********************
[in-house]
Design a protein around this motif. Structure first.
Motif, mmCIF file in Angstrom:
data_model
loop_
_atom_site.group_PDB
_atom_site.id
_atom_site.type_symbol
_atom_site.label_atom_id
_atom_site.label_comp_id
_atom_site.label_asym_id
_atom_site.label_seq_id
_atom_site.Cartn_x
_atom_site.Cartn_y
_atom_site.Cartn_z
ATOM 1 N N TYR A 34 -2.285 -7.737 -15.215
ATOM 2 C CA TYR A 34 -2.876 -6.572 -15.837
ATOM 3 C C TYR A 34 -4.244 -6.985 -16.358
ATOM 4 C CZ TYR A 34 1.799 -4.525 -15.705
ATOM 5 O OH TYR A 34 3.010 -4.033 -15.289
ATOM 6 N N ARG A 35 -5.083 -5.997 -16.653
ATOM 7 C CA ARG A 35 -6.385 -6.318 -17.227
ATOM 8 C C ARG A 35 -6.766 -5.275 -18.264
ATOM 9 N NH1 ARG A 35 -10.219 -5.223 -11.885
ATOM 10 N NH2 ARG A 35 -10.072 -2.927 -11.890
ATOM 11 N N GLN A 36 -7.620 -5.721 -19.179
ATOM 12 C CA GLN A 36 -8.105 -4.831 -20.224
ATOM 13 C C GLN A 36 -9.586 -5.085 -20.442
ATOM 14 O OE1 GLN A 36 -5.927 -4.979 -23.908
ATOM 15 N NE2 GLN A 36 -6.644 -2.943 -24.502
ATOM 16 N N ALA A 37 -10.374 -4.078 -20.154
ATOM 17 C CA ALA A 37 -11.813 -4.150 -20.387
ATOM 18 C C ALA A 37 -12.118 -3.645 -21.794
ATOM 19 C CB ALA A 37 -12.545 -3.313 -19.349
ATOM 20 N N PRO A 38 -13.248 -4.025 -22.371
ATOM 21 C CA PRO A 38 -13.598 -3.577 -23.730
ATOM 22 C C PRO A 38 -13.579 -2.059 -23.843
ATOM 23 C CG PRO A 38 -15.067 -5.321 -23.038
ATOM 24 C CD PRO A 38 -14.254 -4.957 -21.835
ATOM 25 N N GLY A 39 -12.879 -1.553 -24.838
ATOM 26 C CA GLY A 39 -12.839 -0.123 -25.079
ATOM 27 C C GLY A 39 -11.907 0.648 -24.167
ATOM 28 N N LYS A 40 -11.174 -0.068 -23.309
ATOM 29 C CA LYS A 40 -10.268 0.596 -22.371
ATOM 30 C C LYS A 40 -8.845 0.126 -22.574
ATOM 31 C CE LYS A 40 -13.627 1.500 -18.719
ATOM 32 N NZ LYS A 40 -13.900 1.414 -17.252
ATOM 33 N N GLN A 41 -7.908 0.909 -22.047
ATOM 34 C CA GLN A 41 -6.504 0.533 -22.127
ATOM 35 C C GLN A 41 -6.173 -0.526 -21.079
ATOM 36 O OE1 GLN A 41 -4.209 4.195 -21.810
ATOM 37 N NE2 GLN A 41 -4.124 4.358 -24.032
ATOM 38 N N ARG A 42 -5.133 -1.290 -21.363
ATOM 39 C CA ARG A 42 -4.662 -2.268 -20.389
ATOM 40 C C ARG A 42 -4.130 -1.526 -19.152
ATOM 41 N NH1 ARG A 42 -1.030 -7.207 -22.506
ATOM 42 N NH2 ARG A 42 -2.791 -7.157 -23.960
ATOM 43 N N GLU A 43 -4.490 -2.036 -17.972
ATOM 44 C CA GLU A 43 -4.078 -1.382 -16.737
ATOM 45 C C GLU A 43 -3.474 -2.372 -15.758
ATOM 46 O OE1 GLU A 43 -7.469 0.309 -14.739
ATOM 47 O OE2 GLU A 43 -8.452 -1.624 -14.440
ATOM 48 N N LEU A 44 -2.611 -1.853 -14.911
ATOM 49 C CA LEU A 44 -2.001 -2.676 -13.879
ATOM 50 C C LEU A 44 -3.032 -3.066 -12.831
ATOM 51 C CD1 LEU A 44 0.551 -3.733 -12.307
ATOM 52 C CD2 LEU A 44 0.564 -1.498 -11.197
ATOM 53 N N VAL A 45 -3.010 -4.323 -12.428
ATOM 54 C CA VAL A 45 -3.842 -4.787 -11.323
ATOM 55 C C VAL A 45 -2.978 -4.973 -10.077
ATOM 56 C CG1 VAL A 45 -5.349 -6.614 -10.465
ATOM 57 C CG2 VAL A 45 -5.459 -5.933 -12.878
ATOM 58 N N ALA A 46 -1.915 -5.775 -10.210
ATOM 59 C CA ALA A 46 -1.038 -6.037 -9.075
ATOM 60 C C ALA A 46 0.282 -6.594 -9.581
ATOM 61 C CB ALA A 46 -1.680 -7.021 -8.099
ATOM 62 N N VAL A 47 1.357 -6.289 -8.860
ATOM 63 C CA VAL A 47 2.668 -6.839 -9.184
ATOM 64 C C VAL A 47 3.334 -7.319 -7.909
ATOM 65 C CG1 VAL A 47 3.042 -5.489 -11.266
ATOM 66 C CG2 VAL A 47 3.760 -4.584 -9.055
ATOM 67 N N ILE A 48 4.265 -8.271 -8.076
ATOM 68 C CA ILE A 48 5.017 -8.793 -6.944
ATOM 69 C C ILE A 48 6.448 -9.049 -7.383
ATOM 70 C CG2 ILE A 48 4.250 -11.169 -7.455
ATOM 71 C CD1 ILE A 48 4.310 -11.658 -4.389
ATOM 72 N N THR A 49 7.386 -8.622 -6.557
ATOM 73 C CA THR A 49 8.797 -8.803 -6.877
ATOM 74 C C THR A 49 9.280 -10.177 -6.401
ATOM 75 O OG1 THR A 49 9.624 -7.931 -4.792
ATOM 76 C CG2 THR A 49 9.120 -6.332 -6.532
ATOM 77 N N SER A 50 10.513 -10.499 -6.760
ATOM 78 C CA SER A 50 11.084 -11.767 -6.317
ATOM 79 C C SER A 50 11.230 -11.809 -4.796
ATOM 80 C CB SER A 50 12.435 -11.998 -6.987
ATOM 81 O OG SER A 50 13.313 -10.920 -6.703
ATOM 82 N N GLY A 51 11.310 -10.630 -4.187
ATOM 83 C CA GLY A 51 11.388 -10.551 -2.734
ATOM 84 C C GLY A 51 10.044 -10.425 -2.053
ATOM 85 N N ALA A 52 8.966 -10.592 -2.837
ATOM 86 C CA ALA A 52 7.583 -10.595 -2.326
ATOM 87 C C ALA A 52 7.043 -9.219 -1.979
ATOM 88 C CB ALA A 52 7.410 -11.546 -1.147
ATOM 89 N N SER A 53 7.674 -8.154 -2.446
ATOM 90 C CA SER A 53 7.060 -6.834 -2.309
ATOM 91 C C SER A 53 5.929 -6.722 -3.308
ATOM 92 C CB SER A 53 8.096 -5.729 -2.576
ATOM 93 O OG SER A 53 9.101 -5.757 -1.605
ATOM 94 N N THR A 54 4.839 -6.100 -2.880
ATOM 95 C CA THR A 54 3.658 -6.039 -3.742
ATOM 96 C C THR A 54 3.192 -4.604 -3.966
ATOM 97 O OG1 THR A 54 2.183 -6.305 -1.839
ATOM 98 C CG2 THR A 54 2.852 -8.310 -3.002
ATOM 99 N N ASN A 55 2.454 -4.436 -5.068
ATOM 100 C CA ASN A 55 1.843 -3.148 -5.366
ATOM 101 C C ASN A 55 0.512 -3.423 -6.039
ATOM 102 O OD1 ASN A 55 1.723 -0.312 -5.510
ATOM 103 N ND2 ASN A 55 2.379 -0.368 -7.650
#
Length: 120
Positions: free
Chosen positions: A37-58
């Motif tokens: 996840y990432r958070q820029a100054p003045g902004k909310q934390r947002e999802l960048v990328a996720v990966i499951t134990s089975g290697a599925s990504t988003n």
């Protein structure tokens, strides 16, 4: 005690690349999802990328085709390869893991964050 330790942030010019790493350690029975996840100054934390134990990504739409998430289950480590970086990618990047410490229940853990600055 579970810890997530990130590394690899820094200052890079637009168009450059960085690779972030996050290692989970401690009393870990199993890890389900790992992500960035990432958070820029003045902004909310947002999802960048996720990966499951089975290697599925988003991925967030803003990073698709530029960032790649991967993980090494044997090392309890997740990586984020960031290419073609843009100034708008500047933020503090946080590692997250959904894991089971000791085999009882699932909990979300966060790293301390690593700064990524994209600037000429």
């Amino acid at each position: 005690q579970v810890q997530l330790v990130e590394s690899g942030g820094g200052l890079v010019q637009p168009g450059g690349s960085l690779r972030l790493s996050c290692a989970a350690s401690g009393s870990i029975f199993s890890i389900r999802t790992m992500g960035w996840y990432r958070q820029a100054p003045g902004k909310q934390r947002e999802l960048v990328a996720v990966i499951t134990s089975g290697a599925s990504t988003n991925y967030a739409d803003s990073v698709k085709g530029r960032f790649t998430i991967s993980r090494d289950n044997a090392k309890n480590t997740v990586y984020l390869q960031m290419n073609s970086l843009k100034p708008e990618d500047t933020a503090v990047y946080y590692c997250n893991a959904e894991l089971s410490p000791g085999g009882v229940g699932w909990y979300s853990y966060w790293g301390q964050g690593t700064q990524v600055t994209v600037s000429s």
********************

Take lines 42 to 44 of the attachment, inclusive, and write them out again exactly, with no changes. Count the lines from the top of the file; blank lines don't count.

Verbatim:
ATOM 27 C C GLY A 39 -11.907 0.648 -24.167
ATOM 28 N N LYS A 40 -11.174 -0.068 -23.309
ATOM 29 C CA LYS A 40 -10.268 0.596 -22.371